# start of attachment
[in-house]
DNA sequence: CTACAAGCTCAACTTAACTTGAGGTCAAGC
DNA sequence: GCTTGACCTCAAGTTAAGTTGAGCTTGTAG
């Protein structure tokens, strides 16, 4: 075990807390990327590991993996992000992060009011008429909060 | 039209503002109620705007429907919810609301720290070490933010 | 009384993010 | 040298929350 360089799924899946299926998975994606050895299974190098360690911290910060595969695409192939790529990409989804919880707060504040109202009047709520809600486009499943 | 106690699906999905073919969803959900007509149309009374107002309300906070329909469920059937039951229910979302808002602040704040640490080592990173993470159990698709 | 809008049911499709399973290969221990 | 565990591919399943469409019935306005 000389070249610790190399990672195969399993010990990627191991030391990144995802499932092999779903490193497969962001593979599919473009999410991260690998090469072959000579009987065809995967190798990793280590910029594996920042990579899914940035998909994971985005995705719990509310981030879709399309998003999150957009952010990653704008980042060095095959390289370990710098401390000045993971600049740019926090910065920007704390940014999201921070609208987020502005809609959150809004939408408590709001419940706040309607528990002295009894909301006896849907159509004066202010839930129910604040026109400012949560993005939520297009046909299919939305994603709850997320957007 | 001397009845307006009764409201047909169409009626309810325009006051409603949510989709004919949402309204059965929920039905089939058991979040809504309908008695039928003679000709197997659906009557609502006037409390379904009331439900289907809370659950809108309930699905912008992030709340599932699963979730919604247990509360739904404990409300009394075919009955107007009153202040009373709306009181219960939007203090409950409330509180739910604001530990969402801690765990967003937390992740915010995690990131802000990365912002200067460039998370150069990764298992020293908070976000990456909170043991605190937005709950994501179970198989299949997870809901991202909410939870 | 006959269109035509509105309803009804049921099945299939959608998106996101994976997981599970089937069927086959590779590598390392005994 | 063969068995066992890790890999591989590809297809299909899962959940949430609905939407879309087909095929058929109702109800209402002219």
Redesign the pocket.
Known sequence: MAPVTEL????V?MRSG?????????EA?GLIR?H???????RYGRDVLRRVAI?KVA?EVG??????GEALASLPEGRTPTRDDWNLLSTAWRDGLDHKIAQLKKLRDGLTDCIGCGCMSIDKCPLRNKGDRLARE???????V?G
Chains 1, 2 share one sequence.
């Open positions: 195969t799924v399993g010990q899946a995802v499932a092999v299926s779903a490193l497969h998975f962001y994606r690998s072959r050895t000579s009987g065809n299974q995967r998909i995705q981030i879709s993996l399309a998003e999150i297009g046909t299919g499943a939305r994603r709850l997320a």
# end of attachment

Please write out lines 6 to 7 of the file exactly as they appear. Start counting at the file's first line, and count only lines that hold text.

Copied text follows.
Known sequence: MAPVTEL????V?MRSG?????????EA?GLIR?H???????RYGRDVLRRVAI?KVA?EVG??????GEALASLPEGRTPTRDDWNLLSTAWRDGLDHKIAQLKKLRDGLTDCIGCGCMSIDKCPLRNKGDRLARE???????V?G
Chains 1, 2 share one sequence.